Showcasing Science

Showcasing Science: “Everyone leaves their ego at the door and is so upbeat, even at 4am”

This interview was originally published as part of the “COVID Q&A” series for The Biologist, the magazine of the Royal Society of Biology. More interviews from the series can be found here.

Adrienne Adele Cox tells Tom Ireland about volunteering at one of three new mega-labs built to scale up COVID-19 testing in the UK.

In early April the first of three mass-testing laboratories known as ‘Lighthouse Labs’ opened in Milton Keynes. With the help of emergency engineers, the army, and researchers from industry and academia, further sites have since opened in Glasgow and Alderley Park, Cheshire, forming what the government has called the “biggest diagnostic lab network in British history.”

PhD student Adrienne Adele Cox is one of hundreds of volunteers who have ‘upped sticks’ to go and volunteer at the centres. When we speak she is catching up on some rest after consecutive night shifts at the 24-hour Milton Keynes facility.

Take us back to December or January – what were you were doing then and what were your plans for this spring?

I was doing my PhD up at the University of Liverpool, looking at how Pseudomonas aeruginosa senses biochemical host factors in the airway in cystic fibrosis. I was also meant to be doing a science policy internship at the Royal Society of Biology right now! That’s been deferred until next year.

Tell us about how you got involved with the ‘Lighthouse Labs’ diagnostic testing effort.

My PhD supervisor sent us an email saying that the Lighthouse Lab was expanding and was looking for more volunteers. You fill in an online form and if you have the necessary skills someone gets in touch with you. You’re asked whether you’ve had experience with PCR, basic molecular biology skills, and liquid handling platforms, all of which I had apart from the liquid handling platforms.

When they got in touch they asked me why I wanted to help. I said that if I have skills to help, I really would rather go out there and help, rather than be sitting at home working on my own stuff. I felt a bit redundant and even a bit selfish just working on my own research when I could be out there making a difference and helping people. As clichéd as it sounds, that’s why I wanted to get into science. That seemed to be the right answer!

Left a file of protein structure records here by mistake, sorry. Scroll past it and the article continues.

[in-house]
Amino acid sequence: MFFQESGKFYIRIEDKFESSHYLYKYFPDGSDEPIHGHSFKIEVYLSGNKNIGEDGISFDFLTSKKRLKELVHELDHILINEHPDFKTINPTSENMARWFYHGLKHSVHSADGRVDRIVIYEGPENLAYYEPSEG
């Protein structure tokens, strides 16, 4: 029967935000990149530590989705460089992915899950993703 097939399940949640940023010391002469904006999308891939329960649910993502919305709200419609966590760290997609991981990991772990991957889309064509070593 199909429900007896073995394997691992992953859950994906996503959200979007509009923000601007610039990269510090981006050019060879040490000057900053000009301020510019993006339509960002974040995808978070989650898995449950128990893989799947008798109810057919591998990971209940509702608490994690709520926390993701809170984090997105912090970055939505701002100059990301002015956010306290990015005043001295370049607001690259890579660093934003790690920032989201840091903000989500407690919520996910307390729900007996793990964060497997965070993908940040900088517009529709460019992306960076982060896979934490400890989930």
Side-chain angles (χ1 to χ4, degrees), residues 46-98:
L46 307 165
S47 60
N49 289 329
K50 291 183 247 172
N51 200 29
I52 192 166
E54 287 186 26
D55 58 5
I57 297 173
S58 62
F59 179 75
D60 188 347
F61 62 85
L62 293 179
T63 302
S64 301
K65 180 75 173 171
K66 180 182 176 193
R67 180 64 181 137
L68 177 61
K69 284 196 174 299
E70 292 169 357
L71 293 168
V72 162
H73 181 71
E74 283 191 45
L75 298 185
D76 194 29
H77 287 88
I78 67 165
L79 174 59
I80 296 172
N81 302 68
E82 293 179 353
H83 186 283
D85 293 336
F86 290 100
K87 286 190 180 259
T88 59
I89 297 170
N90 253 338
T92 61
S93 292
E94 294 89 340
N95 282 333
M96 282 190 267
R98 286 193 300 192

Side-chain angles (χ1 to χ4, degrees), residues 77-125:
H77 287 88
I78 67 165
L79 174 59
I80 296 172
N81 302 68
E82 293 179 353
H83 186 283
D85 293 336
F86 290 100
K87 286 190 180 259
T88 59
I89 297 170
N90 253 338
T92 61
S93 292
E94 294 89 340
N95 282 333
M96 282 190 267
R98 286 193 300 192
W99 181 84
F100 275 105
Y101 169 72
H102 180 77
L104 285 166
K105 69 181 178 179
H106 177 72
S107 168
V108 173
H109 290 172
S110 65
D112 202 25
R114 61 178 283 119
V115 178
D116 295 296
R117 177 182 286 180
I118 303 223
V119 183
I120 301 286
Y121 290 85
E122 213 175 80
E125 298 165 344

So, paint a picture of how things work at the Lighthouse Labs.

It’s in a large industrial park in Milton Keynes and it’s a really impressive size, definitely the biggest lab I’ve worked in before. There’s around 50 people in at one time working. There are different stations for the workflow, from samples coming in as a swab and eventually through to PCR. It’s like an assembly line, and we work in shifts so the lab is running 24 hours a day. I’m on night shifts at the moment and then we’ll switch with another team at the end of the month.

I’m being put up in Holiday Inn – it’s great. I get a lift to the lab with my new mate who I met from Twitter. They pay for expenses and actually, the food is incredible. I think it’s ordered in from a catering company and it’s amazing. None of us expected that, but when you’re working 12 hour shifts through the night and all through the day the food really increases morale and it makes a difference.

Do you do the same thing every shift?